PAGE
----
On February 19, we gathered for our second session which was organized with the generous sharing of works-in-progress by Anne Allison and Jake Silver. We read both of their works, and shared what came to the mind of each of us, what we’d like to hear more about, and how we can do anthropology when the object of description/inquiry is not so clear as we may assume. I share here the opening remarks by the two organizers, and some portion of the conversations (at the expense of their original richness).
Anne: These are the last two sections in what is a chapter in the book I’m writing on new mortuary practices in an era of downsizing sociality in Japan. The chapter takes on a new genre of business called “companies that deal with the possessions of the deceased” (遺品整理会社) that also clean-up residences where corpses of the lonely dead (people who have died alone and left behind corpses that go undiscovered for up to several months) are found. In the chapter I am interested in the smell these corpses emit that are often what provokes discovery in the first place (by landlords, neighbors, passers-by). The smell of unsociality: being alone, and undiscovered, at death. I invite a discussion of death/the senses/care as they come together in this work performed by manual workers. Quite astounding I find this. And wonder if you do too. And, of course, how to write this, how to ethnographize this, how to “do” this.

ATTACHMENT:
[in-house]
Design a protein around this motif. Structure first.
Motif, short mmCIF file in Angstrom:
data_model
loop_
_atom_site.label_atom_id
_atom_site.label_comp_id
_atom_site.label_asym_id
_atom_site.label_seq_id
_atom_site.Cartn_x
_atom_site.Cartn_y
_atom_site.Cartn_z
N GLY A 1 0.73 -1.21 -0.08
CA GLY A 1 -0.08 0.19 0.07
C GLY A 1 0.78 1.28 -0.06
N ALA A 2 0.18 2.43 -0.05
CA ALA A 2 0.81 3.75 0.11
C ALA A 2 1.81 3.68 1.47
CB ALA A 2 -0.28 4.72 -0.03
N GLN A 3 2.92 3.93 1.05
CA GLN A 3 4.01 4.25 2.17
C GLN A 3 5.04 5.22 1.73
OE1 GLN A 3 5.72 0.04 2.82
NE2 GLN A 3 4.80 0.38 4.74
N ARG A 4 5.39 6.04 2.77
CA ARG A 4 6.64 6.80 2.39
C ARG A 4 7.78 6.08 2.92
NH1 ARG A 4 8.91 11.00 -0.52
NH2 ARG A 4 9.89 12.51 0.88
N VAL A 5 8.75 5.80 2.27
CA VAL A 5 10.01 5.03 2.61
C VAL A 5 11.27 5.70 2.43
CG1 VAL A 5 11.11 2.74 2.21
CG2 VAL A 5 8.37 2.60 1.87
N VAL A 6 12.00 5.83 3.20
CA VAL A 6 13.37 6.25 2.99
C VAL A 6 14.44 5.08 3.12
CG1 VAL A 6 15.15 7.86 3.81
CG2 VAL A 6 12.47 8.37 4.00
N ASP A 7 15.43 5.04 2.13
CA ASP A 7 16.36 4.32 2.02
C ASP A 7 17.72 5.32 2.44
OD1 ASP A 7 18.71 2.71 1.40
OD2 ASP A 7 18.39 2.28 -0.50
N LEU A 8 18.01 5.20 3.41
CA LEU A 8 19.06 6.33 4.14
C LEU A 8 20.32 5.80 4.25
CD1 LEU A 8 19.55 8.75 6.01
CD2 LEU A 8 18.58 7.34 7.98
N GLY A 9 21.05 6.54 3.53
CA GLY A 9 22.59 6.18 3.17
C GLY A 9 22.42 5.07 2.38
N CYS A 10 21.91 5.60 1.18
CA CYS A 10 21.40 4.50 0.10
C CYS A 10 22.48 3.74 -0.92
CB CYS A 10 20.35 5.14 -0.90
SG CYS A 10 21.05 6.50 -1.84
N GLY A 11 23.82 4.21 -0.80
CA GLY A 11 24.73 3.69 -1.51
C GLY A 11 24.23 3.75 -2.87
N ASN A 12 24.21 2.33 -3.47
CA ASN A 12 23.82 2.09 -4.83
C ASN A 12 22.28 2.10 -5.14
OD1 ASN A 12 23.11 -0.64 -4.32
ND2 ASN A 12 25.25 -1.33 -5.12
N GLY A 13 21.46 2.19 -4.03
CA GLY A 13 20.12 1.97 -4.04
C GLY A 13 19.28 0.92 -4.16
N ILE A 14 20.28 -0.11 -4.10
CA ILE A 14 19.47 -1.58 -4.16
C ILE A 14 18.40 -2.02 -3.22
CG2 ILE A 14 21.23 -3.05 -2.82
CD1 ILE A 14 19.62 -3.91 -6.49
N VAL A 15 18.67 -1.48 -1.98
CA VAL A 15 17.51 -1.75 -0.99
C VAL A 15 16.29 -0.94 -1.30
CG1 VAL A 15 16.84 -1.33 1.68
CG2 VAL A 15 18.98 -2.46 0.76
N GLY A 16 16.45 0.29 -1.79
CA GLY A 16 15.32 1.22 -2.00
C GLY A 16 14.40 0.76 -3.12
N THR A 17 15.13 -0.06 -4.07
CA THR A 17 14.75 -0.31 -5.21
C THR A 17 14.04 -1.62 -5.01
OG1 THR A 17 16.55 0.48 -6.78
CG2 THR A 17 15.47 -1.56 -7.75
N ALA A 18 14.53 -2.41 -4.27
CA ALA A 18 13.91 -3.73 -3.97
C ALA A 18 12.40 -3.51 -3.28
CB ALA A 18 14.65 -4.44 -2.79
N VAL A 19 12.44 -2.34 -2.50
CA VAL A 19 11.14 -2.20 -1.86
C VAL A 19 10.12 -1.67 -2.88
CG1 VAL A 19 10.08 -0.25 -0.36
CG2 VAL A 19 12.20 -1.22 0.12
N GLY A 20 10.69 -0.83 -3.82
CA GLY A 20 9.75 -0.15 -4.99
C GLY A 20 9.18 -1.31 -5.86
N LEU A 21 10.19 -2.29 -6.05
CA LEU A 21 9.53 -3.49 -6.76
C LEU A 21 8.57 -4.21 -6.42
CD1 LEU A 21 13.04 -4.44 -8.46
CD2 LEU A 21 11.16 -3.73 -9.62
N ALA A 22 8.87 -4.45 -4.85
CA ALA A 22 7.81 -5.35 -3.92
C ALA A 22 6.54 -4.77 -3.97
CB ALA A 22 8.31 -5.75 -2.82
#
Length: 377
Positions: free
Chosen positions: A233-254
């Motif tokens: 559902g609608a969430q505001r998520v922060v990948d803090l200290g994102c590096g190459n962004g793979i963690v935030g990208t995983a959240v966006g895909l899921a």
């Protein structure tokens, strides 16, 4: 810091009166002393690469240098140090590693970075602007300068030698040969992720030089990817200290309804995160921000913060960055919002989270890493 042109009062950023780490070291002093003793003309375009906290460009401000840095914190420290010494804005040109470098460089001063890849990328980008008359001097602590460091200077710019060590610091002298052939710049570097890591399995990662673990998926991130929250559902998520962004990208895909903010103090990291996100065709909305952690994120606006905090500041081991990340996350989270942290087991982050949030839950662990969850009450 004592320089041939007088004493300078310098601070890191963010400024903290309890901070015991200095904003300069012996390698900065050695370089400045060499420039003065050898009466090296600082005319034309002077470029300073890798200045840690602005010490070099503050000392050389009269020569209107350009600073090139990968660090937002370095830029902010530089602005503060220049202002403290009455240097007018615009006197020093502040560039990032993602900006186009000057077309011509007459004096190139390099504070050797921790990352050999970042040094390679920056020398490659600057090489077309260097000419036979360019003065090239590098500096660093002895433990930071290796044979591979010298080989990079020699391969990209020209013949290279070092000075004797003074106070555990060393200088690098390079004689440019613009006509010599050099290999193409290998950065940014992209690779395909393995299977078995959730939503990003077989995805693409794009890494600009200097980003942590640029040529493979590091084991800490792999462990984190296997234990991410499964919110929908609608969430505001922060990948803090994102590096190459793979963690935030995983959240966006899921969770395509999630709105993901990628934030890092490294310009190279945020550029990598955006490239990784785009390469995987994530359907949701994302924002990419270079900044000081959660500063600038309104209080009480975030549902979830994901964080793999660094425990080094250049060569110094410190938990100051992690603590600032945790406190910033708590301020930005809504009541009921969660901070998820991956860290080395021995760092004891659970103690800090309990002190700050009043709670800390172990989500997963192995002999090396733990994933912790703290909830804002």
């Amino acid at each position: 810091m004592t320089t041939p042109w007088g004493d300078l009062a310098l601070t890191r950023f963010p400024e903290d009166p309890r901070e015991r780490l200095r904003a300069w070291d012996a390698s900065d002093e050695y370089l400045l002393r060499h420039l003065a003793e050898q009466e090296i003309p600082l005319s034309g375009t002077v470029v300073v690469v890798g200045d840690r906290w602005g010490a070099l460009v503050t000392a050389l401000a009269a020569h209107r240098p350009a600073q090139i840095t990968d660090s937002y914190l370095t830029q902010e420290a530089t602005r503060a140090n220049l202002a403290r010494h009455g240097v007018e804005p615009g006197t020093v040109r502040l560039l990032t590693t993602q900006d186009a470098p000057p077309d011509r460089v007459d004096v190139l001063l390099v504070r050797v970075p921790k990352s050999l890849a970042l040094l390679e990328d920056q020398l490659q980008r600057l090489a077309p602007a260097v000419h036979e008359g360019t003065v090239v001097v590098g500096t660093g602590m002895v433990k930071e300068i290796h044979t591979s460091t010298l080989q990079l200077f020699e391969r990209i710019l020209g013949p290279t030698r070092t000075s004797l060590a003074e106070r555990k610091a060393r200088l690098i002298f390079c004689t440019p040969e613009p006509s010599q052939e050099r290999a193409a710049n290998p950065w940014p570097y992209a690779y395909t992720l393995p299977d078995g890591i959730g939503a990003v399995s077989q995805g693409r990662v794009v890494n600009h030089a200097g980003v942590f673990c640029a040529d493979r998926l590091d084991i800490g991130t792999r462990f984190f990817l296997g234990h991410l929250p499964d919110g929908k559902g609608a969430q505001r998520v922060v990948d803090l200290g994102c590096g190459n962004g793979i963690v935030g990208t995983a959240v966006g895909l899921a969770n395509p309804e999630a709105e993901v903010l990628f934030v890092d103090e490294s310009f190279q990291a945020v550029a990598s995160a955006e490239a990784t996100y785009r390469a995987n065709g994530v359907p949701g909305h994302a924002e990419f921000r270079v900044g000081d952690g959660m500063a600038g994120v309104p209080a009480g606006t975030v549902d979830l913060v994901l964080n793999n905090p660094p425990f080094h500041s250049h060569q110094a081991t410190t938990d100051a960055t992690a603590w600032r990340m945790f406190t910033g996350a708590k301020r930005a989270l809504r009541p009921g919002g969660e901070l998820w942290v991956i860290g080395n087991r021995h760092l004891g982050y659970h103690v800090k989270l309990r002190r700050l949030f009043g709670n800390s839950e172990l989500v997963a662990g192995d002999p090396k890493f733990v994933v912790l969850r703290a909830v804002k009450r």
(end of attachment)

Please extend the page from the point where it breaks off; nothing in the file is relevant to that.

Jake: What I’m sharing touches upon affect, atmosphere, and life/death. The portion of the chapter I share with you focuses on jokes—that I kept hearing regarding the smell of outer space. I initially resisted writing about these since they seem far from the realm for “astronomy” or “politics.” Then I came to realize they were important ways in which understandings about the sensuous atmosphere of colonialism and outer space were bleeding into one another. Perhaps the sky harbors things that can hurt Palestinians. The sky can be an enemy. The place—Gaza—is often called as an open-air prison, but the air is not quite “open”—the air is under seizure. How can one make sense of the jokes about the sky when they may be commentaries, aspirations, imaginations that derive from the life under seizure here, in that particular place? Why do people exchange banters about the smell of the moon? I’d appreciate any comment and critique.